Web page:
Agreement you would find a reference to that. India’s position has, therefore, remained constant. We recognise that it is an issue. We are committed to addressing the issue. I understand you enquired about the centrality. I have answered that in my prepared
text. Here we have a conceptual difference with Pakistan. We recognise it as an issue that needs to be addressed. We do not recognise it as the only issue. We do not certainly – I have answered this question and I do not wish to bore you with repeating the
same reply – accept it as the core issue and such other definition. But we accept it as an issue and we are committed to addressing it.
QUESTION (MR SRINIVASAN JAIN, NDTV): I had a second part of the question which was, what was really the basis for any future talks given the very serious differences.
MR JASWANT SINGH: Yes, and I have answered it. I have answered this to several other questioners earlier. I would not treat this as the end of the exercise. Our commitment to peace and dialogue, amity between the two countries remains. I have
said this earlier. The caravan of peace will continue on its march. I have no doubt in my mind that on some auspicious day, it will reach its destination.
QUESTION (MR PREM PRAKASH ANI): There was hardly any preparation for this Summit. Now that the invitation for Mr. Vajpayee has been accepted, can one expect that there would be preparation for that?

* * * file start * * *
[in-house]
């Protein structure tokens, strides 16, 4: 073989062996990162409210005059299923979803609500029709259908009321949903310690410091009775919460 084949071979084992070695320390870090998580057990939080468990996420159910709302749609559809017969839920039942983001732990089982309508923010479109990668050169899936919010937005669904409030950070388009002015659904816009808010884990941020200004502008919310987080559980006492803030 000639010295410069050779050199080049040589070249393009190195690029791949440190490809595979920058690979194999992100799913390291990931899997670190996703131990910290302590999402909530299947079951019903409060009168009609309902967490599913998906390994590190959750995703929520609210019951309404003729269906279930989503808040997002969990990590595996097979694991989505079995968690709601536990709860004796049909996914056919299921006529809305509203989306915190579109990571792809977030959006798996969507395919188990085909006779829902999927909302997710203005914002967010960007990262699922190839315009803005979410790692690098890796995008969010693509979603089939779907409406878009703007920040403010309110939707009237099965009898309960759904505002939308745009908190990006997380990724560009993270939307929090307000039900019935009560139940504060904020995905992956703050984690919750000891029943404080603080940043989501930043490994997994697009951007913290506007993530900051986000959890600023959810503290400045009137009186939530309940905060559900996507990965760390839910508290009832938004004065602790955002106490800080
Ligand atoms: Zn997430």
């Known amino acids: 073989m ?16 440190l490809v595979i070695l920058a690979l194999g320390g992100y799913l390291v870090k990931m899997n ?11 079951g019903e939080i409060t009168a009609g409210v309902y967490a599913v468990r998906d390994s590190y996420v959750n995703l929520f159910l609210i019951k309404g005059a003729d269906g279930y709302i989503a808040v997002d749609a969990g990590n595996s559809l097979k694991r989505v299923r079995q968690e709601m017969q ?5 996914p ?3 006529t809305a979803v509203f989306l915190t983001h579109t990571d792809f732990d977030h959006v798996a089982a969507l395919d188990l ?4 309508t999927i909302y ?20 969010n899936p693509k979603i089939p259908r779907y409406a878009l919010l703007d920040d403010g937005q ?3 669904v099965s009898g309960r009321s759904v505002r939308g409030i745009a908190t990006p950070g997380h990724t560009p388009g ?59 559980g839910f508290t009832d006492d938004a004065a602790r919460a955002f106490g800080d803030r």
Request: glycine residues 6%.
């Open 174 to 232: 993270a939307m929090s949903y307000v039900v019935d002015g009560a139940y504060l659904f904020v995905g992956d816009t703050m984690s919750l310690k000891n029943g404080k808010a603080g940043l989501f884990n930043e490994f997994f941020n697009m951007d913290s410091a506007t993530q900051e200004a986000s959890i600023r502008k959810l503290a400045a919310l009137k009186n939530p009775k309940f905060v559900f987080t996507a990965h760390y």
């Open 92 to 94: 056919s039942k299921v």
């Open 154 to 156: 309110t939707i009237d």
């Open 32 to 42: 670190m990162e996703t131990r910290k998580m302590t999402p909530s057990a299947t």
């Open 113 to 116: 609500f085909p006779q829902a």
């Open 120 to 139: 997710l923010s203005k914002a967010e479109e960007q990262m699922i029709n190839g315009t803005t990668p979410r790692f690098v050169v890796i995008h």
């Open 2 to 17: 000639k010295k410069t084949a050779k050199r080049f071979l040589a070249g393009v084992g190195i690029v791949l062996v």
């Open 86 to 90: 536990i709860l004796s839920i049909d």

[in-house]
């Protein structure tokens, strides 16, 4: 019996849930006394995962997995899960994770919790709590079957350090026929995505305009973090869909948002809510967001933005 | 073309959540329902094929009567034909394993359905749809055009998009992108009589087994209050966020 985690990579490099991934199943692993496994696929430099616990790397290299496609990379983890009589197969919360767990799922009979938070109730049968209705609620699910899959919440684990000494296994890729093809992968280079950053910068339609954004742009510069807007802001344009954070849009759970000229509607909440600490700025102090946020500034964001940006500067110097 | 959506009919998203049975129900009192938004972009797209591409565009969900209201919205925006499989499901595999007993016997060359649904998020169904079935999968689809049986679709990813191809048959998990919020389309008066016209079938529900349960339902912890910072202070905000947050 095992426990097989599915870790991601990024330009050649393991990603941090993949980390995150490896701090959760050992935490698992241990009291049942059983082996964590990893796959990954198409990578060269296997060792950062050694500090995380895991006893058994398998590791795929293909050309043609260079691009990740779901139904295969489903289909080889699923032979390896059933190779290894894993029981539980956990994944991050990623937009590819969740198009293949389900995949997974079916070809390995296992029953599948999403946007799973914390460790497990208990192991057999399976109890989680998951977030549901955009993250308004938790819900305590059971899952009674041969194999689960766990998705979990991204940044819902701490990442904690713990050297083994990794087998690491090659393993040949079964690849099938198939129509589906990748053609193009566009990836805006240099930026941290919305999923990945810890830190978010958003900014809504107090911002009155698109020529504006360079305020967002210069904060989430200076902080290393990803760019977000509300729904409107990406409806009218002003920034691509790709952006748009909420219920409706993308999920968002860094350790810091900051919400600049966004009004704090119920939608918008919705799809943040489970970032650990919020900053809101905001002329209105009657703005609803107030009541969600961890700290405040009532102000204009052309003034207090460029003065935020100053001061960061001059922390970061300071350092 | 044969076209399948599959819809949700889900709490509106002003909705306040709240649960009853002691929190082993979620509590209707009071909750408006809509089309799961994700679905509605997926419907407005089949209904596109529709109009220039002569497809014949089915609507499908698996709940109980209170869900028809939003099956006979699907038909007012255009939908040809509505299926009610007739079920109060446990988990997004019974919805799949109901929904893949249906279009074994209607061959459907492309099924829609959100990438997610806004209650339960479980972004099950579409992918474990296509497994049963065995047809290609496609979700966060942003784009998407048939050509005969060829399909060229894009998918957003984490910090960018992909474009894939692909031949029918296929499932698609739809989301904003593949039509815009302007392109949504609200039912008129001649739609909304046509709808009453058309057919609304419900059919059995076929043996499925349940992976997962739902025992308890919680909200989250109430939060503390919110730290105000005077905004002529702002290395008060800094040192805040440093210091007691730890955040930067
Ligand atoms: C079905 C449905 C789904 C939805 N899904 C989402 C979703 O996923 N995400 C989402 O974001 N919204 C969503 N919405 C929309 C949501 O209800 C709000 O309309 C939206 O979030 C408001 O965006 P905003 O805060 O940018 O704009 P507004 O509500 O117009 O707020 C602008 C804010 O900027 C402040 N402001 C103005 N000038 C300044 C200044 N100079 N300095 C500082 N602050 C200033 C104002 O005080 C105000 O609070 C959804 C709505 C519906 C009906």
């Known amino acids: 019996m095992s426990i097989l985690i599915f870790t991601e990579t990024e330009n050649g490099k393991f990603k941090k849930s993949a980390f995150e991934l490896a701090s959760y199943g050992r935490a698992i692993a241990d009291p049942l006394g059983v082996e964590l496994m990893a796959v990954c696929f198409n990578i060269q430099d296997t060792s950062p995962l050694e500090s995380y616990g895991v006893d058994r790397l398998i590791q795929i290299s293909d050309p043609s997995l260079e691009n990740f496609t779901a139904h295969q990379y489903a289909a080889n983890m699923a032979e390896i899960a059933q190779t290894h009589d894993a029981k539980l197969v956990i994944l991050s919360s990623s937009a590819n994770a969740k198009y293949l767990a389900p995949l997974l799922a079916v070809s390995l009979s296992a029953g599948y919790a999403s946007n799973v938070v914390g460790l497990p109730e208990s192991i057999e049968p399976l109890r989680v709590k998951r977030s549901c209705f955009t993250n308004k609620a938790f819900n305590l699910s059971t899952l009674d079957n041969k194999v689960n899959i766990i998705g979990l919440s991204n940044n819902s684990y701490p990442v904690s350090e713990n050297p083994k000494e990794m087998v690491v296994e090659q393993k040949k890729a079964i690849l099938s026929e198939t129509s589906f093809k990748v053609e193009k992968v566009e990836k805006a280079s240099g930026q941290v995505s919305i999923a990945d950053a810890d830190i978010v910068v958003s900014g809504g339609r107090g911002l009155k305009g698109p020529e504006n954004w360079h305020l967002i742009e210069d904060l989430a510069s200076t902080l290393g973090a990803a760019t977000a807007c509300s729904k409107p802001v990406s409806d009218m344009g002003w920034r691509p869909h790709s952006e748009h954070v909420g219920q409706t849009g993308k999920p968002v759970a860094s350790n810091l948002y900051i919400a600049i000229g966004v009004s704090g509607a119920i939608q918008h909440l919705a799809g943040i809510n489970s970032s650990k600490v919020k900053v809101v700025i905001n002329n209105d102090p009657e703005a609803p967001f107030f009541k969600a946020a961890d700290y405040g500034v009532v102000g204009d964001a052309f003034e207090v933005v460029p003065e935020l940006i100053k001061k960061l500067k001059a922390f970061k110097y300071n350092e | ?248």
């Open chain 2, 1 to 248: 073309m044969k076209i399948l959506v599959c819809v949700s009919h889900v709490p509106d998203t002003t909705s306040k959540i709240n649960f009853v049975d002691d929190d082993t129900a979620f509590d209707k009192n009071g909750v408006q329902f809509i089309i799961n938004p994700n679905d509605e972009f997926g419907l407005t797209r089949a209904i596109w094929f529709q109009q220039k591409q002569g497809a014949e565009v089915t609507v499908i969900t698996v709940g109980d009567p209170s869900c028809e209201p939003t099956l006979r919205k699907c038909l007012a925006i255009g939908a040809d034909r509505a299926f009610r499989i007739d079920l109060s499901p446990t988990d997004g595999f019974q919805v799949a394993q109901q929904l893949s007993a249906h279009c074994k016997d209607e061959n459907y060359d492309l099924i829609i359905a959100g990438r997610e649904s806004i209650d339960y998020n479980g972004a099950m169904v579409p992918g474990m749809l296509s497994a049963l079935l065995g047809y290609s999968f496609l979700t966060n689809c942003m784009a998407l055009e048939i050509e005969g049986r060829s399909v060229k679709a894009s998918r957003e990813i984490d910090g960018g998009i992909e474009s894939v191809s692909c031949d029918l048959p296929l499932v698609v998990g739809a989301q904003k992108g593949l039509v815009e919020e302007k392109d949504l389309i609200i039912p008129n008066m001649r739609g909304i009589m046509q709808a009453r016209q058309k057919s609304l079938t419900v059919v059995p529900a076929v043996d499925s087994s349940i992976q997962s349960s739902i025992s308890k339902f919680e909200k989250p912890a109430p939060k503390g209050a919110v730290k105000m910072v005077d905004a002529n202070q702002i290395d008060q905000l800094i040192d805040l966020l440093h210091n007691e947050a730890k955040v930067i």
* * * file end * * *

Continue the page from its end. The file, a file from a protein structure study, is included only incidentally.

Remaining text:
MR JASWANT SINGH: I followed your question. Please let me correct this because in the question there is a misimpression as if India did not prepare for it. I do not believe that. I have now held this responsibility for several years. I have
no difficulty in sharing with you that the officers of my Ministry have taken to despair as to how many demands are made on them about preparing for this visit! The Government of India or the Ministry of External Affairs or other Ministries were not lacking
in preparation for this visit, were not wanting preparation. We were fully prepared. All the members of the delegation were fully briefed. The documents that we had prepared had not been prepared impromptu. They had been prepared weeks in advance, discussed
at length between the ministerial colleagues and the delegation members. So, the preparation on India’s side was not lacking. All that I am pointing out is that when India suggested that let the officials of the two Governments meet, prepare some basic working
documents and arrive at a possible agenda for submission to the Heads of Government, we found sadly that Pakistan did not want it in that manner.
QUESTION ( RANJAN GUPTA CBS): How will you now characterise India-Pakistan relations after the talks? Are they better than before the talks, or worse? Considering that a tremendous amount of much-displayed bilateralism did not succeed, will
you go in for third party goodwill, third party mediation?
MR JASWANT SINGH: Yes, we have a better understanding of the Government of Pakistan and I would hope that they have a better understanding of the Government of India. Third party – ‘No.’ Two parties are more than adequate. Three is a crowd.